Each week Dennis McCauley contributes The Political Game, a column on the collision of politics and video games:


Unless you've been watching Grand Theft Auto IV trailers nonstop for the last few weeks, you probably know that game publishing giant Electronic Arts is attempting an "all your base are belong to us" maneuver on GTA series publisher Take Two interactive.

Captained by new CEO John Riccitiello, EA launched its acquisition campaign in February by offering a bonus of 60% over Take Two's then share price. T2, led by chairman Strauss Zelnick, told EA to stick it, at least until after next week's GTA IV release. EA then appealed directly to Take Two shareholders. So far, however, that strategy is not working out. EA has accumulated less than 10% of the outstanding T2 stock and has been forced to extend its deadline until May 16th.

It's unclear how this will play out, of course. But let's hope it ends badly for EA. While acquiring Take Two may line the pockets of a few fat cat investors and transform some workaday EA execs into game industry Big Swinging Dicks, there's no way in Hell that this deal is good for gamers.

"What EA surely will do is consolidate its monopoly on sports games."



Look, I'm no EA hater. And, unlike some gamers, I'm certain that they wouldn't dare tinker with the sacred cow of the deal, the GTA franchise. But what EA surely will do is consolidate its monopoly on sports games. And that means higher prices and fewer choices for gamers. And that means you lose. In fact, it was Wedbush-Morgan analyst Mike Pachter who told me that Take Two's sports games – not GTA – were driving the deal. It breaks down like this:

EA and T2 currently compete on basketball and ice hockey games. EA has an exclusive on NFL and NCAA football, while T2 has a third-party exclusive on Major League Baseball. If EA buys Take Two, the competition in basketball and hockey goes away. As Pachter told me, "By taking out all of that [competition], EA has a monopoly in sports. If these guys have a monopoly, they're not going to cut pricing on sports games as quickly. We've been seeing sports games come down [in price] before Christmas the last couple of years. That'll never happen again."

Indeed, we've been down this road before with EA, and it was a train wreck for gamers. Some Joystiq readers will recall the NFL 2K series from Visual Concepts. It was a very good pro football game franchise that originated on the Dreamcast but later migrated over to the PS2 and Xbox. Some reviewers actually came to prefer NFL 2K to EA's Madden series. What's more, Take Two, in a competitive effort to win market share in later years, priced it very aggressively ($19.99). Declining to go that low in price, EA was forced to reduce Madden to $29.99 just to stay competitive (there's that word again).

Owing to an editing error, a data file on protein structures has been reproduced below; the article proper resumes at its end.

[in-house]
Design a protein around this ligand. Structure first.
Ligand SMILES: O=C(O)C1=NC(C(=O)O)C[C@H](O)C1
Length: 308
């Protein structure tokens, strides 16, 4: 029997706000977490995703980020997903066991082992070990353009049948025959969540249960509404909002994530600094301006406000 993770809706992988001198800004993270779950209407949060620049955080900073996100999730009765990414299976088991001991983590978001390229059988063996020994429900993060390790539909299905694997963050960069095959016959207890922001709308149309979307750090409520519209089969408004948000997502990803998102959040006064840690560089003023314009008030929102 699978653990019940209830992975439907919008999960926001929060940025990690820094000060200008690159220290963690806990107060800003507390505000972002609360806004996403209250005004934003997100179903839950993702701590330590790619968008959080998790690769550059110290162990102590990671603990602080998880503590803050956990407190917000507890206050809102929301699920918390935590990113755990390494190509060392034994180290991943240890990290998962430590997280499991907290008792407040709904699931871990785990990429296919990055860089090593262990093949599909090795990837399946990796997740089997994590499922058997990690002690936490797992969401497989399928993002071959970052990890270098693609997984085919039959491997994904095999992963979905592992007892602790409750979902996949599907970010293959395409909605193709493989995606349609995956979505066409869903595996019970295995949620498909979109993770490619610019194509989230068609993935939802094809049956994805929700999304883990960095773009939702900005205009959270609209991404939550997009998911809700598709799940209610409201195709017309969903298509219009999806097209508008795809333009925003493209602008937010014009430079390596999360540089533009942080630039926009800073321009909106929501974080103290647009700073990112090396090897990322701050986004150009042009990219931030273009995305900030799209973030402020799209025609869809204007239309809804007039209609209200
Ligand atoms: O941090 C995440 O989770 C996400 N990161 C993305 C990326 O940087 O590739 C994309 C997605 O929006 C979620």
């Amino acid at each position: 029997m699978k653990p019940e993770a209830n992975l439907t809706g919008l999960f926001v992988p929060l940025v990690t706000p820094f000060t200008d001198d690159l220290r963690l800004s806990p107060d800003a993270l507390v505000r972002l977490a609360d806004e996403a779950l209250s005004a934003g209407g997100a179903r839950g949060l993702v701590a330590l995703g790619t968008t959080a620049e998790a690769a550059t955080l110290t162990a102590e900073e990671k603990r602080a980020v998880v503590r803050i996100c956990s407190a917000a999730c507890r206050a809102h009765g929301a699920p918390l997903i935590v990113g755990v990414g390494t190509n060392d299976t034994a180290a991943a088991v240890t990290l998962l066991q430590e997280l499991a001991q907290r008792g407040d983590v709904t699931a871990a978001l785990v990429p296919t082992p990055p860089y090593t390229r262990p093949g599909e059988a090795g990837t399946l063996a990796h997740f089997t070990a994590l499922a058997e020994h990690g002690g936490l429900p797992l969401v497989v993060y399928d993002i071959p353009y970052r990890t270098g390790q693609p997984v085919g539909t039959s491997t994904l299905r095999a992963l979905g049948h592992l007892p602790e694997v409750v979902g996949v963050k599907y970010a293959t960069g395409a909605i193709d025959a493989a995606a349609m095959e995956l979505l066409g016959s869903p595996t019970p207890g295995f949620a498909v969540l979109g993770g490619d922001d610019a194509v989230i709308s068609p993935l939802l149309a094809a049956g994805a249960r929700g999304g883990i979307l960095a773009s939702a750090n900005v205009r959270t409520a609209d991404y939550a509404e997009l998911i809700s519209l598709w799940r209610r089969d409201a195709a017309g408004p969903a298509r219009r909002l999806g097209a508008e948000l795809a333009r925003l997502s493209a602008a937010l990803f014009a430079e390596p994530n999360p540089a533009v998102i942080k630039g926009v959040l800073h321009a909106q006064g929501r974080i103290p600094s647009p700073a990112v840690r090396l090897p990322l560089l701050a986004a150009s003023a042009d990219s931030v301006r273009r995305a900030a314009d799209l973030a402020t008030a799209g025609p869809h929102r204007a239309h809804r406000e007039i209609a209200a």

"You either played Madden – at EA's price - or you went home. "

So what happened next? EA secured an exclusive license with the NFL and NFL Players Association. Quicker than a LaDainian Tomlinson sprint to the end zone, the NFL 2K series ceased to exist. The next edition of Madden, no longer facing competitive pressure from NFL 2K, jumped up in price to $49.99. EA's revenues, of course, shot up. Gamers, however, had to plunk down twenty bucks more than the previous year and lost the opportunity to choose their pro football game based on a competitive comparison of features and price. You either played Madden – at EA's price - or you went home.

Is this legal? Apparently. Is it fair? Only if you are an EA investor.

In any case, it was refreshing to learn recently that the Federal Trade Commission is taking a good hard look at potential anti-trust (i.e., monopoly) concerns in the proposed EA-T2 deal. Let's hope the FTC investigators don't forget EA's history with the Maddenopoly.

The bottom line? While I enjoy a number of EA franchises like The Sims, Command & Conquer, Battlefield, Burnout and, yes, even Madden, I cast my vote against the EA takeover.

It's a bad deal for gamers.


Dennis McCauley is the Political Editor for the Entertainment Consumers Association (www.theeca.com), tracks the political side of video games at GamePolitics.com and writes about games for the Philadelphia Inquirer. Opinions expressed in The Political Game are his own. Reach him at

This article was originally published on Joystiq.

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